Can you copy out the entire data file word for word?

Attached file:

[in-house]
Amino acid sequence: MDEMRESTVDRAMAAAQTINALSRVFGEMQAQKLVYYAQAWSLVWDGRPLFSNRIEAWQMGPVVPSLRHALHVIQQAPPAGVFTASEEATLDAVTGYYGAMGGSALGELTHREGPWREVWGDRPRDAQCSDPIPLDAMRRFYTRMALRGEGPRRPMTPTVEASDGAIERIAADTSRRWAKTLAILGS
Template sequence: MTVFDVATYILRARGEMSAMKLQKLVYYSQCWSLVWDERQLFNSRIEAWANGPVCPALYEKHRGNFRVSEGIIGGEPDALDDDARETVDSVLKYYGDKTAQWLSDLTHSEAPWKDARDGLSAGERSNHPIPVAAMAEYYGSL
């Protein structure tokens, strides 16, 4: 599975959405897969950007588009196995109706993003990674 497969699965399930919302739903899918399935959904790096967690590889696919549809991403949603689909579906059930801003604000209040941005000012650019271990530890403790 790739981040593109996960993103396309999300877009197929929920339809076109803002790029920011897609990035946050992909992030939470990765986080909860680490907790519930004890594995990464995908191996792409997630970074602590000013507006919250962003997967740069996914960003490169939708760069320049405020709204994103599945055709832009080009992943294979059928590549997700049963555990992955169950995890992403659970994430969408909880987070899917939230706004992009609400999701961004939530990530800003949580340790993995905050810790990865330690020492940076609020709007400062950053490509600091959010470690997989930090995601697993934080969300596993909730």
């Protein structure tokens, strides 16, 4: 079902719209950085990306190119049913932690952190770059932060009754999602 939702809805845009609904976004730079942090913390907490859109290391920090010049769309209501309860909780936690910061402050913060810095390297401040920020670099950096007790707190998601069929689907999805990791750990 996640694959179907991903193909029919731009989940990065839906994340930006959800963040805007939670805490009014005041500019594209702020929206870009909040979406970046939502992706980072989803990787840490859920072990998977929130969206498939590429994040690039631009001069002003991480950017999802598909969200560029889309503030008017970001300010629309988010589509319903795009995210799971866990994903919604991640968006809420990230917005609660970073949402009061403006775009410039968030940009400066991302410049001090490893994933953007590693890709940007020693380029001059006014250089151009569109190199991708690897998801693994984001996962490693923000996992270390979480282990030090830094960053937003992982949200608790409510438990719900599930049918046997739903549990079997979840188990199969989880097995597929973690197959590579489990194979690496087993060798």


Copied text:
[in-house]
Amino acid sequence: MDEMRESTVDRAMAAAQTINALSRVFGEMQAQKLVYYAQAWSLVWDGRPLFSNRIEAWQMGPVVPSLRHALHVIQQAPPAGVFTASEEATLDAVTGYYGAMGGSALGELTHREGPWREVWGDRPRDAQCSDPIPLDAMRRFYTRMALRGEGPRRPMTPTVEASDGAIERIAADTSRRWAKTLAILGS
Template sequence: MTVFDVATYILRARGEMSAMKLQKLVYYSQCWSLVWDERQLFNSRIEAWANGPVCPALYEKHRGNFRVSEGIIGGEPDALDDDARETVDSVLKYYGDKTAQWLSDLTHSEAPWKDARDGLSAGERSNHPIPVAAMAEYYGSL
């Protein structure tokens, strides 16, 4: 599975959405897969950007588009196995109706993003990674 497969699965399930919302739903899918399935959904790096967690590889696919549809991403949603689909579906059930801003604000209040941005000012650019271990530890403790 790739981040593109996960993103396309999300877009197929929920339809076109803002790029920011897609990035946050992909992030939470990765986080909860680490907790519930004890594995990464995908191996792409997630970074602590000013507006919250962003997967740069996914960003490169939708760069320049405020709204994103599945055709832009080009992943294979059928590549997700049963555990992955169950995890992403659970994430969408909880987070899917939230706004992009609400999701961004939530990530800003949580340790993995905050810790990865330690020492940076609020709007400062950053490509600091959010470690997989930090995601697993934080969300596993909730």
């Protein structure tokens, strides 16, 4: 079902719209950085990306190119049913932690952190770059932060009754999602 939702809805845009609904976004730079942090913390907490859109290391920090010049769309209501309860909780936690910061402050913060810095390297401040920020670099950096007790707190998601069929689907999805990791750990 996640694959179907991903193909029919731009989940990065839906994340930006959800963040805007939670805490009014005041500019594209702020929206870009909040979406970046939502992706980072989803990787840490859920072990998977929130969206498939590429994040690039631009001069002003991480950017999802598909969200560029889309503030008017970001300010629309988010589509319903795009995210799971866990994903919604991640968006809420990230917005609660970073949402009061403006775009410039968030940009400066991302410049001090490893994933953007590693890709940007020693380029001059006014250089151009569109190199991708690897998801693994984001996962490693923000996992270390979480282990030090830094960053937003992982949200608790409510438990719900599930049918046997739903549990079997979840188990199969989880097995597929973690197959590579489990194979690496087993060798």